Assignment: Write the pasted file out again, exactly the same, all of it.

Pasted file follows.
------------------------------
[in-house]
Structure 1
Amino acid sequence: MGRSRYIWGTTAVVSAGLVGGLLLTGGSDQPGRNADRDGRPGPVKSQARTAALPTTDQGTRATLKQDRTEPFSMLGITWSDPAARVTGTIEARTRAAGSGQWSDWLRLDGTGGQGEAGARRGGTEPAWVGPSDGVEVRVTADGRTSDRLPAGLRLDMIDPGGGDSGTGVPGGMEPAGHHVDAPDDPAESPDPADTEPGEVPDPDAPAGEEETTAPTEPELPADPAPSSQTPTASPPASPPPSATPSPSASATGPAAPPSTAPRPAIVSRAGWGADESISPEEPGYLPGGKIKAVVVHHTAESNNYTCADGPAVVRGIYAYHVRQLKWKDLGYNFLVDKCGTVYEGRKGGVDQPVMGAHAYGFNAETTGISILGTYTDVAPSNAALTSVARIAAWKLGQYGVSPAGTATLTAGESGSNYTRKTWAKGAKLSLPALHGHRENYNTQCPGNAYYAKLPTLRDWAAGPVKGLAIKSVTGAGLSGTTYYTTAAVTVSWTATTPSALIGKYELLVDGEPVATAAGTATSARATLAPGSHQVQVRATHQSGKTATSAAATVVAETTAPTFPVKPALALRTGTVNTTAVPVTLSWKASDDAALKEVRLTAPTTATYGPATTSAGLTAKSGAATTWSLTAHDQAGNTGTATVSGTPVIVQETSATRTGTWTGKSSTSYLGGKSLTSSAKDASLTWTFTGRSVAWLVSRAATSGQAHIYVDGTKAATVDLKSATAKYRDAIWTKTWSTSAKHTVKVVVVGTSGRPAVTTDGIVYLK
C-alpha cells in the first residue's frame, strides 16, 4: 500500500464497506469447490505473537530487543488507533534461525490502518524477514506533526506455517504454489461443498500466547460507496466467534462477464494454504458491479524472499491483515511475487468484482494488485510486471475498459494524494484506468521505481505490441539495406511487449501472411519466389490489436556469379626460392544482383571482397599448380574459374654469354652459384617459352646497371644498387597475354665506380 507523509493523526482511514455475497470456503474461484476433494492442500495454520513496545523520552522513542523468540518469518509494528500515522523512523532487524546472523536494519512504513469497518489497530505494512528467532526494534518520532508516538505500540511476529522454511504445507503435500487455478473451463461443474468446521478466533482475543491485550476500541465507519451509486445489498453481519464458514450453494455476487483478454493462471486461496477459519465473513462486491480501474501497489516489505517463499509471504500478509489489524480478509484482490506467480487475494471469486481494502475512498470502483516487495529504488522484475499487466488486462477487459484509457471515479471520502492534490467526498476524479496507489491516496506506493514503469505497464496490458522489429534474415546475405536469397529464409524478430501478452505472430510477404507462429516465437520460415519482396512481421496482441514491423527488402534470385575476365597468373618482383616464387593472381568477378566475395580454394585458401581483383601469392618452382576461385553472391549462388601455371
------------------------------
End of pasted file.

[in-house]
Structure 1
Amino acid sequence: MGRSRYIWGTTAVVSAGLVGGLLLTGGSDQPGRNADRDGRPGPVKSQARTAALPTTDQGTRATLKQDRTEPFSMLGITWSDPAARVTGTIEARTRAAGSGQWSDWLRLDGTGGQGEAGARRGGTEPAWVGPSDGVEVRVTADGRTSDRLPAGLRLDMIDPGGGDSGTGVPGGMEPAGHHVDAPDDPAESPDPADTEPGEVPDPDAPAGEEETTAPTEPELPADPAPSSQTPTASPPASPPPSATPSPSASATGPAAPPSTAPRPAIVSRAGWGADESISPEEPGYLPGGKIKAVVVHHTAESNNYTCADGPAVVRGIYAYHVRQLKWKDLGYNFLVDKCGTVYEGRKGGVDQPVMGAHAYGFNAETTGISILGTYTDVAPSNAALTSVARIAAWKLGQYGVSPAGTATLTAGESGSNYTRKTWAKGAKLSLPALHGHRENYNTQCPGNAYYAKLPTLRDWAAGPVKGLAIKSVTGAGLSGTTYYTTAAVTVSWTATTPSALIGKYELLVDGEPVATAAGTATSARATLAPGSHQVQVRATHQSGKTATSAAATVVAETTAPTFPVKPALALRTGTVNTTAVPVTLSWKASDDAALKEVRLTAPTTATYGPATTSAGLTAKSGAATTWSLTAHDQAGNTGTATVSGTPVIVQETSATRTGTWTGKSSTSYLGGKSLTSSAKDASLTWTFTGRSVAWLVSRAATSGQAHIYVDGTKAATVDLKSATAKYRDAIWTKTWSTSAKHTVKVVVVGTSGRPAVTTDGIVYLK
C-alpha cells in the first residue's frame, strides 16, 4: 500500500464497506469447490505473537530487543488507533534461525490502518524477514506533526506455517504454489461443498500466547460507496466467534462477464494454504458491479524472499491483515511475487468484482494488485510486471475498459494524494484506468521505481505490441539495406511487449501472411519466389490489436556469379626460392544482383571482397599448380574459374654469354652459384617459352646497371644498387597475354665506380 507523509493523526482511514455475497470456503474461484476433494492442500495454520513496545523520552522513542523468540518469518509494528500515522523512523532487524546472523536494519512504513469497518489497530505494512528467532526494534518520532508516538505500540511476529522454511504445507503435500487455478473451463461443474468446521478466533482475543491485550476500541465507519451509486445489498453481519464458514450453494455476487483478454493462471486461496477459519465473513462486491480501474501497489516489505517463499509471504500478509489489524480478509484482490506467480487475494471469486481494502475512498470502483516487495529504488522484475499487466488486462477487459484509457471515479471520502492534490467526498476524479496507489491516496506506493514503469505497464496490458522489429534474415546475405536469397529464409524478430501478452505472430510477404507462429516465437520460415519482396512481421496482441514491423527488402534470385575476365597468373618482383616464387593472381568477378566475395580454394585458401581483383601469392618452382576461385553472391549462388601455371